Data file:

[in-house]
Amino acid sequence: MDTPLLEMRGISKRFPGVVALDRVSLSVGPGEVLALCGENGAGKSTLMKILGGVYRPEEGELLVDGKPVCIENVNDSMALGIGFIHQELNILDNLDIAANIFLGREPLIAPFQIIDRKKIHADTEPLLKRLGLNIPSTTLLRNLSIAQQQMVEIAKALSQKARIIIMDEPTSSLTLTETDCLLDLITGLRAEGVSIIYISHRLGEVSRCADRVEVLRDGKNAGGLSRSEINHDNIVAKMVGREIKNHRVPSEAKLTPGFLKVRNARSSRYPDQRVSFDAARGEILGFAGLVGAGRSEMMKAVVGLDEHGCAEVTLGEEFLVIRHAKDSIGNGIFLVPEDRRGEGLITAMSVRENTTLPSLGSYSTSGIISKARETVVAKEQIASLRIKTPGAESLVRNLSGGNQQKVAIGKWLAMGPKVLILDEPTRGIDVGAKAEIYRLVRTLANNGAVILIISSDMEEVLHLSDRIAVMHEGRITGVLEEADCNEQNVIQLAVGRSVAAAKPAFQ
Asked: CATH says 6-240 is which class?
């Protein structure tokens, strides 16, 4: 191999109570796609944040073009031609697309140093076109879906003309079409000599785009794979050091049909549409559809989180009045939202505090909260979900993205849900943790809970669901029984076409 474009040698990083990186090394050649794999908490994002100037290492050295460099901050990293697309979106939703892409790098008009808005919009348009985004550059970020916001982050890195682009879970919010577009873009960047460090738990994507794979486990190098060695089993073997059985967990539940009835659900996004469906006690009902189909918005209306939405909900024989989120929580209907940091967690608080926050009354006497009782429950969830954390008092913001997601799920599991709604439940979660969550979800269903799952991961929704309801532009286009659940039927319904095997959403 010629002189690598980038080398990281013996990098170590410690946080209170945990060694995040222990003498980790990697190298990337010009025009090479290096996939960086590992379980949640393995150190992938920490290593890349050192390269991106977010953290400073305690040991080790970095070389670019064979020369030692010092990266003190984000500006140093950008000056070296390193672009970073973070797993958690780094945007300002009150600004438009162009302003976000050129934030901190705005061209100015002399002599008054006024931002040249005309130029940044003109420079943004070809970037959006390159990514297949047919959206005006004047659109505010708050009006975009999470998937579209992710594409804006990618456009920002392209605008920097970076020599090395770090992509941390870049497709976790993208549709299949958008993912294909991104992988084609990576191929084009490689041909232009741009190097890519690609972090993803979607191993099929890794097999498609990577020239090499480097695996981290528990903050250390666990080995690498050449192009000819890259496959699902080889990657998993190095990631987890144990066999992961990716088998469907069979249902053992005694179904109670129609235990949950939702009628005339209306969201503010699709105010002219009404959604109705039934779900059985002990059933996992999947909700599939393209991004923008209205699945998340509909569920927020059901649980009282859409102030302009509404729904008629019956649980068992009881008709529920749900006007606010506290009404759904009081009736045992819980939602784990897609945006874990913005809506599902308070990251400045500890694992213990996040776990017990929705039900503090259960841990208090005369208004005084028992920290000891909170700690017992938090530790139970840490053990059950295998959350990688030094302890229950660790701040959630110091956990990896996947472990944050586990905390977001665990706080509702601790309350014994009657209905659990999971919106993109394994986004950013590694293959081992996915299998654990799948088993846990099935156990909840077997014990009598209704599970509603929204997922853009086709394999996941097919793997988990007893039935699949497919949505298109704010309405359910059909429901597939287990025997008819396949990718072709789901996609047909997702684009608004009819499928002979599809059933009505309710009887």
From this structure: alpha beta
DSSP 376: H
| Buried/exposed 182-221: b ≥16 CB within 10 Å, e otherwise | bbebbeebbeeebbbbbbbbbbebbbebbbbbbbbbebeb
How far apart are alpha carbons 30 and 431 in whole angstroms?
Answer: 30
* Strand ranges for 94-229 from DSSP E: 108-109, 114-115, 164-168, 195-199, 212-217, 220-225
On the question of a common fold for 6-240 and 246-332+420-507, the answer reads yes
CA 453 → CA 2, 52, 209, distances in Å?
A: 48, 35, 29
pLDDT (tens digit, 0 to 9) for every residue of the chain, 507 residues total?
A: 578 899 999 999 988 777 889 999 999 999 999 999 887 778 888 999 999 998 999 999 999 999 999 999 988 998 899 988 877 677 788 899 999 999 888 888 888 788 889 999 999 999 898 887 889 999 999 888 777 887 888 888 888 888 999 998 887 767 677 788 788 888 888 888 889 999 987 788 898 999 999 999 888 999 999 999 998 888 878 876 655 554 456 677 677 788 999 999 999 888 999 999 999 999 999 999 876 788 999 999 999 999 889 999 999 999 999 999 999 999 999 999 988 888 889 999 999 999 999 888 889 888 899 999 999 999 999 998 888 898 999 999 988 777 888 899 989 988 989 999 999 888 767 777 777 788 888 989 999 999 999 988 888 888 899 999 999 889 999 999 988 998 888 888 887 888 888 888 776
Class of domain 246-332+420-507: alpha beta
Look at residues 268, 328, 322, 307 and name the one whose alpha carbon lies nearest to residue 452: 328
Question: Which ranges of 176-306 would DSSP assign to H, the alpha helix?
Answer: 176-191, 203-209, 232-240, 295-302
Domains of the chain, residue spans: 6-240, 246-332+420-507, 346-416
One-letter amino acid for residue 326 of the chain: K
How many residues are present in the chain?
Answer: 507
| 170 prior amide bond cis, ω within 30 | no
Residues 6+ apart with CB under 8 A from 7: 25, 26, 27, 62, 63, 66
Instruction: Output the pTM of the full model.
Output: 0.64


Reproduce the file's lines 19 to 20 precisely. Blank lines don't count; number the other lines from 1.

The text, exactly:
Answer: 176-191, 203-209, 232-240, 295-302
Domains of the chain, residue spans: 6-240, 246-332+420-507, 346-416